Classic British war film The Way Ahead was inspired by the 40-minute army training film The New Lot directed in 1943 by Carol Reed for the Army Kinema Corporation which, like The Way Ahead, was co-written by Peter Ustinov and Eric Ambler.
The drama centres on David Niven, a young officer who, having just returned from Dunkirk, is landed with the job of training raw recruits. At first, Niven puts the decidedly mixed bunch through their paces and whips them into fighting shape. Training completed, Niven and his men embark on a crowded troopship for North Africa where their objective is to help cut off Rommel’s retreat from El Alamein.
The new soldiers encounter their first taste of real combat when their ship is torpedoed and they lose half the men. Niven and the survivors are taken by destroyer to North Africa and find themselves stationed in a small village in Tunisia. Before long the village comes under bombardment by German mortars and they scornfully reject a call to surrender. Niven then orders his men to advance…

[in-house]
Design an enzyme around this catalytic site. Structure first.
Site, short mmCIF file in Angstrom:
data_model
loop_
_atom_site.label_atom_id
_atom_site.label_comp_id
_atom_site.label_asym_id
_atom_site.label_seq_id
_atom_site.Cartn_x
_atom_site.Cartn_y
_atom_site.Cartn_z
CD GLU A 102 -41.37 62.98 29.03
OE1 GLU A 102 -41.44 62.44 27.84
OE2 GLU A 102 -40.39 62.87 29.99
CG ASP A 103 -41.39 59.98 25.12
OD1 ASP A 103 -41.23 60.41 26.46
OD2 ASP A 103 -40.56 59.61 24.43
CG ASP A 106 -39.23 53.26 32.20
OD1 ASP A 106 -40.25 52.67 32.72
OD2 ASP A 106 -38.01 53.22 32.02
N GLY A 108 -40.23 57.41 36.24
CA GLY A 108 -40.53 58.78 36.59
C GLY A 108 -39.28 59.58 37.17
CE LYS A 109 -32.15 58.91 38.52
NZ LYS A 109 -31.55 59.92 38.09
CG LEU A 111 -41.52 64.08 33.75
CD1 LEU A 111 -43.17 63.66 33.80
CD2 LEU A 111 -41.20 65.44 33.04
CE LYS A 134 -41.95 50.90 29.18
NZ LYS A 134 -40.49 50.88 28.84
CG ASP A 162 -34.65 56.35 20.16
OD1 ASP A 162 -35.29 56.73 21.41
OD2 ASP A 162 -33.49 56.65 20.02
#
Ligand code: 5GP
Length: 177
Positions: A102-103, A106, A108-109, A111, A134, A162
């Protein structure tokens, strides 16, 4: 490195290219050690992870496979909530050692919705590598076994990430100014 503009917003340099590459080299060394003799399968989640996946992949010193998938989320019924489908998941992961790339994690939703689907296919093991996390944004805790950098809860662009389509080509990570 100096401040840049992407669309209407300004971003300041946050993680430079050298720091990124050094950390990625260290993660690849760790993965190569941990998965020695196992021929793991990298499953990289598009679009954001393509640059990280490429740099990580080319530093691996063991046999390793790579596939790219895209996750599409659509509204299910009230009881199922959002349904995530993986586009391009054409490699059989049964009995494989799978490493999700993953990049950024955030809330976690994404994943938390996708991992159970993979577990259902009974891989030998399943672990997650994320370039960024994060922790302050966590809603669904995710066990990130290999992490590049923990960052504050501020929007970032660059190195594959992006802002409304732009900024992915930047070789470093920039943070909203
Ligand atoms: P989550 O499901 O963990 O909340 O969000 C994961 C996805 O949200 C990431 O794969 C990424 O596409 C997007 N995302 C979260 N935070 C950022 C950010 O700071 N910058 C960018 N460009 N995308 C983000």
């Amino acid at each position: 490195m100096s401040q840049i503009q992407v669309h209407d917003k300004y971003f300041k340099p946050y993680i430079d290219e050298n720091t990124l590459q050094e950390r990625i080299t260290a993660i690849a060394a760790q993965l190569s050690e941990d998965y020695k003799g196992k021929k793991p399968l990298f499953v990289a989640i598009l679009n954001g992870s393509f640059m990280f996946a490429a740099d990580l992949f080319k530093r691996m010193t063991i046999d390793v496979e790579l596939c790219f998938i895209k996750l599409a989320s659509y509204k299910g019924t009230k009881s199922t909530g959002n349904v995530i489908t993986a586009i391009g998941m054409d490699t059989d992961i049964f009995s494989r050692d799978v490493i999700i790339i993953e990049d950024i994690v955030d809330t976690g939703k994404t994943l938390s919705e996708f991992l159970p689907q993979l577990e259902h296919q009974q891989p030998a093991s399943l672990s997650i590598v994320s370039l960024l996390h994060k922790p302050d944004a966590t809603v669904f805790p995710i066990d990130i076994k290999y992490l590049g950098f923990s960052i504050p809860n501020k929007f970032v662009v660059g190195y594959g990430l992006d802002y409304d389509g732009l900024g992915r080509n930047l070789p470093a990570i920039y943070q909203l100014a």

The Way Ahead was the brainchild of, depending on which account is to be believed, variously Niven and Ustinov and was produced as a commercial feature by Guido Del Giudice at the Denham Studios of Two Cities films.
Niven was now a real-life Lieutenant Colonel, Reed a Captain and Ambler a Major. Ustinov was only a private and so, in order that he could continue to work on the screenplay in such august company, he was considered officially to be Niven’s batman.
Many of the original cast of The New Lot – Stanley Holloway, Raymond Huntley, Billy (later William) Hartnell as a sergeant major – were recalled to cinema service and Reed elicited a gallery of fine performances from his hand-picked cast, including Trevor Howard in his screen debut.
UK / 1944
Director: Carol Reed
Writers: Eric Ambler, Peter Ustinov, from a story by Eric Ambler
Cast: David Niven, Raymond Huntley, William Hartnell, Stanley Holloway, James Donald, John Laurie, Leslie Dwyer, Jimmy Hanley